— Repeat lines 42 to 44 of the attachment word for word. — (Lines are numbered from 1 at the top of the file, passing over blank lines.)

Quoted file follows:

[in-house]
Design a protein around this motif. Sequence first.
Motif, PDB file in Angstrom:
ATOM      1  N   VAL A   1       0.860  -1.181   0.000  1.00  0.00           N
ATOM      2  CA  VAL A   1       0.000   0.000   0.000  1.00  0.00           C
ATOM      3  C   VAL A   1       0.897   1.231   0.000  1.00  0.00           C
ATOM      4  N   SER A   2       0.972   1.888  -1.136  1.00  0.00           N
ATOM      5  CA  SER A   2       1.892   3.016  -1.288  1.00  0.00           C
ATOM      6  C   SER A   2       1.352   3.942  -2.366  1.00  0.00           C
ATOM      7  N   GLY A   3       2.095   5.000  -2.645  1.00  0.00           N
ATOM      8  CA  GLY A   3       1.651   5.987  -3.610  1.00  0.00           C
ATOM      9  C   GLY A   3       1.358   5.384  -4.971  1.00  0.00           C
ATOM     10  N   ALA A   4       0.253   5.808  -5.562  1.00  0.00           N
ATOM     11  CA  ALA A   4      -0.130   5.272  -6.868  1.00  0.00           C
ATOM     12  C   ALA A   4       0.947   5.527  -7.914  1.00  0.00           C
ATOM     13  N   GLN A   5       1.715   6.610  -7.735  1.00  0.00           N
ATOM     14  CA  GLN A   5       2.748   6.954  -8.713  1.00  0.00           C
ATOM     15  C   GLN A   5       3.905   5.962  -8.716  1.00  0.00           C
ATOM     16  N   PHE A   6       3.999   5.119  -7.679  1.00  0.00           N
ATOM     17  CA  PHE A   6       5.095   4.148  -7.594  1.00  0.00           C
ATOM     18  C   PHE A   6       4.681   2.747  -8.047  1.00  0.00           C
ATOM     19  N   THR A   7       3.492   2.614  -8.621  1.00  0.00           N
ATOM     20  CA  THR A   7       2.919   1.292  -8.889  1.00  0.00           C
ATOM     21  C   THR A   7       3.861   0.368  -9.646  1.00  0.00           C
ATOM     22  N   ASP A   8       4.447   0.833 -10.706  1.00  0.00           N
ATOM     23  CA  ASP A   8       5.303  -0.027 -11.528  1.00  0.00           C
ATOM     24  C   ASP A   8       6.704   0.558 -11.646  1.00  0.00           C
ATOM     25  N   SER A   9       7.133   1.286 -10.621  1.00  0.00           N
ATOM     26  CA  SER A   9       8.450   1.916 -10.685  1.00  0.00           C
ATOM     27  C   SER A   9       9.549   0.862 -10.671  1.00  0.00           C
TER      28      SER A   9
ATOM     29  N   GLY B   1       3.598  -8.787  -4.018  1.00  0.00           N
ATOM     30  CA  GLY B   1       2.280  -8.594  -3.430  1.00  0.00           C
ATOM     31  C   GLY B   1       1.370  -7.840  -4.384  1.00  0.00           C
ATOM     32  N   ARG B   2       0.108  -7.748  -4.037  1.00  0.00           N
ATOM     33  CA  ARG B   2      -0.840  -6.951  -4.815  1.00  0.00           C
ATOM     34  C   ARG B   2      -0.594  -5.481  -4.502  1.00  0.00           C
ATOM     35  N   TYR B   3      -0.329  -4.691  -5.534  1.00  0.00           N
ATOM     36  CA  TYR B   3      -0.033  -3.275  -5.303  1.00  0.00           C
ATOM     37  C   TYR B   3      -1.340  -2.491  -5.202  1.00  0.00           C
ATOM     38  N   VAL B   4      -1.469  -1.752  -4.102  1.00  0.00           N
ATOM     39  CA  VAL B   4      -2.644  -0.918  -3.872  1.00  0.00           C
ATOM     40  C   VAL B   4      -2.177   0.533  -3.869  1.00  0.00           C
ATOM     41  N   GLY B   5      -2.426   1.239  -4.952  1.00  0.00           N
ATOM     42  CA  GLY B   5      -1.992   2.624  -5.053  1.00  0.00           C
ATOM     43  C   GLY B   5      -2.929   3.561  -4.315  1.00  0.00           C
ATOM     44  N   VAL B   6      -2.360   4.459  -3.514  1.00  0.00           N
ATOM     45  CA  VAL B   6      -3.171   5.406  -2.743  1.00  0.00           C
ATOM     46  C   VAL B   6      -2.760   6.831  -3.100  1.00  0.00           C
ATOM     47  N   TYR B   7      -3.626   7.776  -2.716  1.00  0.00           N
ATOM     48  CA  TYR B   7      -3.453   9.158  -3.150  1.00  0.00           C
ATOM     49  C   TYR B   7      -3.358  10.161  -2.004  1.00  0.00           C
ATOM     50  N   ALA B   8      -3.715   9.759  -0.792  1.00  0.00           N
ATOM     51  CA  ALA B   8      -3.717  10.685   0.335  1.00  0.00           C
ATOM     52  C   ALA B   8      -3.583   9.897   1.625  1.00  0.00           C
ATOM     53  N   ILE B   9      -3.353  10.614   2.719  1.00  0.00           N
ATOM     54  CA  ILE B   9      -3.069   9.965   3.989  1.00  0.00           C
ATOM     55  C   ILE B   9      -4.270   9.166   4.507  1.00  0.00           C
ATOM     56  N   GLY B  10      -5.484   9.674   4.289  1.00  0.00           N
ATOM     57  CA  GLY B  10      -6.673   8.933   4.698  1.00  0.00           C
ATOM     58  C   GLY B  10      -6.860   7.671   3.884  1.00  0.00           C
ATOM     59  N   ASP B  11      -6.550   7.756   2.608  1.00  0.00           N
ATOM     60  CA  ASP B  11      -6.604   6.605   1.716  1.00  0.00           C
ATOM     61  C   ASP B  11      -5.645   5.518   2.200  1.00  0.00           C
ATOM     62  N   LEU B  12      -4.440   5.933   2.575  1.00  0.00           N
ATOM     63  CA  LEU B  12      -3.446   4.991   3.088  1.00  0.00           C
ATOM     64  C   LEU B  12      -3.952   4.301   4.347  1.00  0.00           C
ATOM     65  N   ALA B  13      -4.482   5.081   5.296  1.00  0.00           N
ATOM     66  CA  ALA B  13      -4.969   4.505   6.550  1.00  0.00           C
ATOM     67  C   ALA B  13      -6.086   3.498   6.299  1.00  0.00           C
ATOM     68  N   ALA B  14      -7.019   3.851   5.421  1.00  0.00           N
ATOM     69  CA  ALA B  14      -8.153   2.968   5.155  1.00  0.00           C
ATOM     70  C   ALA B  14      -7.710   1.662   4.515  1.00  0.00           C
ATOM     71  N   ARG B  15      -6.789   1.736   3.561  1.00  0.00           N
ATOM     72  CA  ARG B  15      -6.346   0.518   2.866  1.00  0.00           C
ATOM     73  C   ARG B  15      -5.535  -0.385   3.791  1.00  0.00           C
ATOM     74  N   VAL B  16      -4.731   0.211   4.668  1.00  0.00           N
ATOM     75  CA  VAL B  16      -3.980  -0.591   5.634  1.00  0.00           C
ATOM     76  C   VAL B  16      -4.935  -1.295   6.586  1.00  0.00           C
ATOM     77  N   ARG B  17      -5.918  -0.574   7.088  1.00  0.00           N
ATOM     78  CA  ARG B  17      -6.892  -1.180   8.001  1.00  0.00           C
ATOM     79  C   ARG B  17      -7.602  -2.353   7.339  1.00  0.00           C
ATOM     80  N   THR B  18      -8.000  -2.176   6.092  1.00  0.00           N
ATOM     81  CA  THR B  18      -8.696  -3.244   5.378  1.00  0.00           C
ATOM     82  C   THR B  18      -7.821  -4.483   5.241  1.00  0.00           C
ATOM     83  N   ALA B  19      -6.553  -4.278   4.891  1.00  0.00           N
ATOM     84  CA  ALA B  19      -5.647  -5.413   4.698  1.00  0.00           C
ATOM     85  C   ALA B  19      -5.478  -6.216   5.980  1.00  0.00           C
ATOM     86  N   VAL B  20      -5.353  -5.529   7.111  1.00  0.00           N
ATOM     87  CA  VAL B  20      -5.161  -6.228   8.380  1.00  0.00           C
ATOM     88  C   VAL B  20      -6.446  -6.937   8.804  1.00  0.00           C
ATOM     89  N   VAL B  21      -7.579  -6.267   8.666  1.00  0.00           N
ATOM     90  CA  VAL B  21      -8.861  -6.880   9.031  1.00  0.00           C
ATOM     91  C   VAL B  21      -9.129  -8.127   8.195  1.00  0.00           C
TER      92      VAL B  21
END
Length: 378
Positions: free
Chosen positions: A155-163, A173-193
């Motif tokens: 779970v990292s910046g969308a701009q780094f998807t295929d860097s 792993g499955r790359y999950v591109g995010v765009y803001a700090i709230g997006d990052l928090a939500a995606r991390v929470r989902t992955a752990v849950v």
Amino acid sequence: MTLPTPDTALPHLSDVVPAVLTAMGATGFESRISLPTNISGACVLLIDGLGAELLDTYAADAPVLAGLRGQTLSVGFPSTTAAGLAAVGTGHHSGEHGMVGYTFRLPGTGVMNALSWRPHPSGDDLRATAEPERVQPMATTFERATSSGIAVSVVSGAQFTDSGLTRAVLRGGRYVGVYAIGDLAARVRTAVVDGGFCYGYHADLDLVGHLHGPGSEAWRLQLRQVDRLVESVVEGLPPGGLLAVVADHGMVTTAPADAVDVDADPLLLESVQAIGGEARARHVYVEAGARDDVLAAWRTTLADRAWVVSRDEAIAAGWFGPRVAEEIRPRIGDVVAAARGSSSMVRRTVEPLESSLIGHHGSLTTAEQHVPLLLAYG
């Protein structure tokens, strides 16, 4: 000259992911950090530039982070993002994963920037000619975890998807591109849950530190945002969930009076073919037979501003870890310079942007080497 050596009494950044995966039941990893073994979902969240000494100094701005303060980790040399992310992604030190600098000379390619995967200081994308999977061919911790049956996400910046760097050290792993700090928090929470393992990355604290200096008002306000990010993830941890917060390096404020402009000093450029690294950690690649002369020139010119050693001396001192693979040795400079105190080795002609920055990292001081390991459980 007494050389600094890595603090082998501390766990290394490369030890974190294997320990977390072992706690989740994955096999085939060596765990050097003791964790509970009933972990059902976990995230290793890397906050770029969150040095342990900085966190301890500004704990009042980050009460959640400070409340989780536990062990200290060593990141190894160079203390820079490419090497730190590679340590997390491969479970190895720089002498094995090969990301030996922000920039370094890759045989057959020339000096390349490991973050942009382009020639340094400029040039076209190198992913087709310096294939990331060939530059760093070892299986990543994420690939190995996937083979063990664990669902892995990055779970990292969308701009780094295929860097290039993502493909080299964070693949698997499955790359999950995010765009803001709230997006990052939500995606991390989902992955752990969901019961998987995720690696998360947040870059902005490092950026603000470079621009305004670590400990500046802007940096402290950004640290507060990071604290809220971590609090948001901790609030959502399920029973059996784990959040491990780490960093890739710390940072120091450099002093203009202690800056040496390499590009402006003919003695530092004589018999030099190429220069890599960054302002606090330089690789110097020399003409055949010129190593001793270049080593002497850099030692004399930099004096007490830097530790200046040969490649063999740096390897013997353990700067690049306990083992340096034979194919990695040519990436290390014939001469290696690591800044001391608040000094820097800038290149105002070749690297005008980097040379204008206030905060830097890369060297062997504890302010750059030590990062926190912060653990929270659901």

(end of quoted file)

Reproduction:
ATOM     39  CA  VAL B   4      -2.644  -0.918  -3.872  1.00  0.00           C
ATOM     40  C   VAL B   4      -2.177   0.533  -3.869  1.00  0.00           C
ATOM     41  N   GLY B   5      -2.426   1.239  -4.952  1.00  0.00           N